When you reach these goals, you’ll be able to reduce your churn rate and grow your business at a faster rate.  

3. Have Conversations with Your Customers

Some companies make the mistake of believing that their customer support team’s only purpose is to address problems and concerns. And while these are important goals, strong customer service can do much more than fix problems.

In fact, companies that prioritize customer support are more likely to see revenue growth than those that do not. So as you build your support team, encourage them to take the time to have conversations with your customers.

The more familiar you are with your users’ needs, issues, and goals, the better you’ll become at creating products that meet them — and your customer support team is an essential part of that process.

4. Send Surveys, Take the Responses Seriously

While direct conversations with customers are one of the best ways to gain in-depth insight into what your customers want, they aren’t the only way to get helpful feedback. Your customer support team can also encourage users to fill out surveys after their interactions.

Fortunately, your surveys don’t have to be complicated to provide valuable insight. While you may think you should be asking dozens of questions about every aspect of the customer experience, that’s often not the most effective approach.

Just think about it from the perspective of a user. If one company sent you a survey with 30 questions, and another sent you a brief, 2-question form, which would you be more likely to answer?

It’s an easy choice.

So as you develop your surveys, simplify the process by asking one or two questions that will aid you in making decisions about your product, like which new features they’d most (and least) like to see.

Then, you can use the responses to make clear, informed decisions about your product — instead of attempting to draw conclusions from complex data sets that don’t ultimately tell you much about what your customers want.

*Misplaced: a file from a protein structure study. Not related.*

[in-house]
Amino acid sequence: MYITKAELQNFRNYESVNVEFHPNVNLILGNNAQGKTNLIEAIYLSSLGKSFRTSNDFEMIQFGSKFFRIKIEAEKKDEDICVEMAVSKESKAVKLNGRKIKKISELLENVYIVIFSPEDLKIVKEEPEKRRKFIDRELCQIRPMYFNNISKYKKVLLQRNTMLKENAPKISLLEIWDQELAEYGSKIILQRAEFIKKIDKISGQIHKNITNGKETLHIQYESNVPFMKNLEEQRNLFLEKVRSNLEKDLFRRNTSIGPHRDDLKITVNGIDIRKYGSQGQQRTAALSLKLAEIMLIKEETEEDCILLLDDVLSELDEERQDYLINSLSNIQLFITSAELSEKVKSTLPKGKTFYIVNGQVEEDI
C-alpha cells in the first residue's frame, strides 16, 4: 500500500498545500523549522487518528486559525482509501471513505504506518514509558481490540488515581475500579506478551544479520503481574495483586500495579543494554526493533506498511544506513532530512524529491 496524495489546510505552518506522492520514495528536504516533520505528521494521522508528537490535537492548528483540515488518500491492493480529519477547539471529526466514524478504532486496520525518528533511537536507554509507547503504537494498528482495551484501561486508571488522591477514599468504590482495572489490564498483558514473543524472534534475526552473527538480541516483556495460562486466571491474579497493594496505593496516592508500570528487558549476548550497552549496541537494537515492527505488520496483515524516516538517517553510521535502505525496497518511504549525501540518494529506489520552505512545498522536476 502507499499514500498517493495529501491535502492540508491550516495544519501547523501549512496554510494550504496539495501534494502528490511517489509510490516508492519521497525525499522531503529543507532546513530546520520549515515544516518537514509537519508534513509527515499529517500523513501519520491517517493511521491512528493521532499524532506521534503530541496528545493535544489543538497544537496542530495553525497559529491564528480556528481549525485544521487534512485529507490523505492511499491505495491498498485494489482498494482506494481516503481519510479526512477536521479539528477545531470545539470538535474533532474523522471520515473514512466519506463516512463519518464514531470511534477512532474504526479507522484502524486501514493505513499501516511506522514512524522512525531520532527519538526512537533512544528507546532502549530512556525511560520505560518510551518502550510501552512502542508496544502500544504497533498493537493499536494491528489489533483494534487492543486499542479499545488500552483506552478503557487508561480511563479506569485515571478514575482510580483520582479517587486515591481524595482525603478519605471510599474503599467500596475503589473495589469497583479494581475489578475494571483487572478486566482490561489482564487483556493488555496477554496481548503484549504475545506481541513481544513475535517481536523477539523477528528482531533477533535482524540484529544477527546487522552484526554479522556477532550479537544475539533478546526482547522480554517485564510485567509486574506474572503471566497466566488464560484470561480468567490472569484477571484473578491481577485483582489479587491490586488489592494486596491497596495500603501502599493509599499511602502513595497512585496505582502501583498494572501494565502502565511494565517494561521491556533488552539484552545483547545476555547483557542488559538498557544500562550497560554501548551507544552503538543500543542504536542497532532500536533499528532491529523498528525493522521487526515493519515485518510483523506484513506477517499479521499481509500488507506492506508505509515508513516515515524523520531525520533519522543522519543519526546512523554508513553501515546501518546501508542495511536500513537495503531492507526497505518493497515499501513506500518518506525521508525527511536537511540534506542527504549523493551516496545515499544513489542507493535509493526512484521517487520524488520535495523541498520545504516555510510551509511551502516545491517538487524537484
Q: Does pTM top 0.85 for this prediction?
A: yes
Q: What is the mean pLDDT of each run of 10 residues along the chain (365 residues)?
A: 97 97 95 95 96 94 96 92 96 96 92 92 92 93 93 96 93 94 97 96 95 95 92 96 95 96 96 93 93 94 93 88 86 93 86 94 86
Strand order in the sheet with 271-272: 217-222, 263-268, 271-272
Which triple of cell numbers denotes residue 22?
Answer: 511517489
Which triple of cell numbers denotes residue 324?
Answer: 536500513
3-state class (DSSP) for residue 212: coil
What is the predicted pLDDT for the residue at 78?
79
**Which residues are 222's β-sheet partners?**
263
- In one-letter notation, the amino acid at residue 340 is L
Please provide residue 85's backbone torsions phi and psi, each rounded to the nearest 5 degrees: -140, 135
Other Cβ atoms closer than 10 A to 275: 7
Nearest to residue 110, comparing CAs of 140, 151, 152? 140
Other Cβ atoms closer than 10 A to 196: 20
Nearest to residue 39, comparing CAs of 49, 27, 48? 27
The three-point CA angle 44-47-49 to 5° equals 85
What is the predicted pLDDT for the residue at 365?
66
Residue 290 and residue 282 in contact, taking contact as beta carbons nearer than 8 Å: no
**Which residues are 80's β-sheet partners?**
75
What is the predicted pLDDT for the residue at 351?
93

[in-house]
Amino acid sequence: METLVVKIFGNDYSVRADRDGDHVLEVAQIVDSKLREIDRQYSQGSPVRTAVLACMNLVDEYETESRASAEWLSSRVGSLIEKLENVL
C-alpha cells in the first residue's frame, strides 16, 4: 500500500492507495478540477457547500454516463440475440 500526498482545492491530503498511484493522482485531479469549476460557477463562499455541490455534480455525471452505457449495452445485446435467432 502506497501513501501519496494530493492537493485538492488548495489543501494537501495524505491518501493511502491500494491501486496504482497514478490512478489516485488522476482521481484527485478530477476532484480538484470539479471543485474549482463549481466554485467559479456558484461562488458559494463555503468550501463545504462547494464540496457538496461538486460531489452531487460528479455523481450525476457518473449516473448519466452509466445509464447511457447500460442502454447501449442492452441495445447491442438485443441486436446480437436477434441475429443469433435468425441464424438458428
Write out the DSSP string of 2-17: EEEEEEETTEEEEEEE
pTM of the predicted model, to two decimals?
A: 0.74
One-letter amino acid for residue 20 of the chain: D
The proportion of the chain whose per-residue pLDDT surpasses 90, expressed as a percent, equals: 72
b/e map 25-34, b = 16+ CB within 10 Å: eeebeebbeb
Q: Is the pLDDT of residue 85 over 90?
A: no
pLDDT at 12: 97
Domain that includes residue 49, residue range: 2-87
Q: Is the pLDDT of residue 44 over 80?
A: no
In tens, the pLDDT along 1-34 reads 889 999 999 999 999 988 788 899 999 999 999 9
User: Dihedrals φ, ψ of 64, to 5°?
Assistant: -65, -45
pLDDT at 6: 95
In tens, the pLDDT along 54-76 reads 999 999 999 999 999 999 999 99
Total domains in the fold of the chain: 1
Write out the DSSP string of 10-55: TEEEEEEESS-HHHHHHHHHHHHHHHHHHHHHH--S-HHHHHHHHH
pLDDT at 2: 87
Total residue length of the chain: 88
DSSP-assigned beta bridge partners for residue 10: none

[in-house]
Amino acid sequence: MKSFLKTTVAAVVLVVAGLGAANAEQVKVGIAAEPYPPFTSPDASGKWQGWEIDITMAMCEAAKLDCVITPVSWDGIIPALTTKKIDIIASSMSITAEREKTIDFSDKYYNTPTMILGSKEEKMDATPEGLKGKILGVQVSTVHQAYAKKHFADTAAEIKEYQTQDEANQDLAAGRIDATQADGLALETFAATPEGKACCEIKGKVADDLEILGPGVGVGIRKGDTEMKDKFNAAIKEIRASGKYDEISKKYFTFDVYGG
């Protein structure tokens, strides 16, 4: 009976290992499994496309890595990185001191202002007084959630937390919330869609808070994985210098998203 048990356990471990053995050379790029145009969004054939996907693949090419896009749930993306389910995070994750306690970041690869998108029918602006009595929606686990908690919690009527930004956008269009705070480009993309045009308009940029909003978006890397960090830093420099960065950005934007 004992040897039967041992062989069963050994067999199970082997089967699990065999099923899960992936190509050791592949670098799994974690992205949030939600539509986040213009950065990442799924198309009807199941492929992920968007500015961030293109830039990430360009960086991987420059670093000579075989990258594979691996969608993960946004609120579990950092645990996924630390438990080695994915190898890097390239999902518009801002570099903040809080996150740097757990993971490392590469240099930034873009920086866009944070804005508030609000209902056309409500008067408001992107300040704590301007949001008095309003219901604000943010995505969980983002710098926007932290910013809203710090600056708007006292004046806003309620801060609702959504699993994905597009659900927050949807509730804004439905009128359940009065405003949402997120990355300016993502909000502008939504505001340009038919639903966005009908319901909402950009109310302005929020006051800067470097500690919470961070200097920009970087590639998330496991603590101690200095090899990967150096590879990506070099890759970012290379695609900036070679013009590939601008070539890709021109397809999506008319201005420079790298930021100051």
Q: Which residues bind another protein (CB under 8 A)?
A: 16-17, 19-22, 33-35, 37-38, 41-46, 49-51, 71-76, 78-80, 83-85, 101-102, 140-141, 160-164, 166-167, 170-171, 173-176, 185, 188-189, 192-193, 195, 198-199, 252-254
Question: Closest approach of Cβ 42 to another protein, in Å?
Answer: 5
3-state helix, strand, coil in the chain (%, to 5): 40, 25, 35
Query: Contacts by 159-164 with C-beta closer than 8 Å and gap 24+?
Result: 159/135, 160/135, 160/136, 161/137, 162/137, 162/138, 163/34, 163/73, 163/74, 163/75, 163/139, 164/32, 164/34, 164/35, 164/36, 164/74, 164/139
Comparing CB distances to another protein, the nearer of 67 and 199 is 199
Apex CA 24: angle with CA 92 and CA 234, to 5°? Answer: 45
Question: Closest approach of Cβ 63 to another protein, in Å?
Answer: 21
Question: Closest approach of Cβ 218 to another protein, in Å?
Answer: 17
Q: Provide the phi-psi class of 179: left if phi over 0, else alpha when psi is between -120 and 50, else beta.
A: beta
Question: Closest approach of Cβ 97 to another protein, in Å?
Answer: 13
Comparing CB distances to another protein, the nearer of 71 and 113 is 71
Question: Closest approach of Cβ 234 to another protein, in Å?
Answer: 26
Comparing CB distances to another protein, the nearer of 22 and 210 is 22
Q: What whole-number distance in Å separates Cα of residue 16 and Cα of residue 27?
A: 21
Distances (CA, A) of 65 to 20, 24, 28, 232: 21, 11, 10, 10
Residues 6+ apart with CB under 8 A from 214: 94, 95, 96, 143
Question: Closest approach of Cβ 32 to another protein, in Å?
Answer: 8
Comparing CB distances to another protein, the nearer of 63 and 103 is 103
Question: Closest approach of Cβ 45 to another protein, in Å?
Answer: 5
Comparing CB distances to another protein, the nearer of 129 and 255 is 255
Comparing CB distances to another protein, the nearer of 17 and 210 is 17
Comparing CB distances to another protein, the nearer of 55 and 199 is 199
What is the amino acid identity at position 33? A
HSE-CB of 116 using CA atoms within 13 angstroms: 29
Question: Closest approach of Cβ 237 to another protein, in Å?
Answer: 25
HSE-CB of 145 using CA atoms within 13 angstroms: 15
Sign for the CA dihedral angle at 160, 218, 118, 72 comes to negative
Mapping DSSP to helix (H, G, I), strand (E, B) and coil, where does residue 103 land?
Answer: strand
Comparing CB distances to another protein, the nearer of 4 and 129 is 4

5. Use Common Enquiries to Develop Resources

Answering the same basic questions about your products or services can quickly become tedious for any customer support team. And while having templated responses can speed up the process, you can also use these inquiries to develop resources for your customers.

For example, Adobe’s Photoshop user guide provides answers to virtually every question a user could have on navigating the product. This way, their customers can easily find the information they need without waiting for a customer service agent.

Today, this is a common-enough approach that many consumers now know to look for answers to their questions on a company’s site before reaching out to their support team. In fact, 75% of people consider a self-service knowledge base a convenient way to resolve an issue.

When you create these types of resources, you enable your existing customers to more efficiently get the information they want. So if you don’t yet have a knowledge base on your site, creating one can help your support team use their time more efficiently.

And your customer-facing employees likely already know exactly which questions and issues to address.

Start with the questions they hear the most often, and you could drastically cut down on the number of times they answer those same few questions — giving them more time to focus on more impactful tasks, like speaking with prospective customers.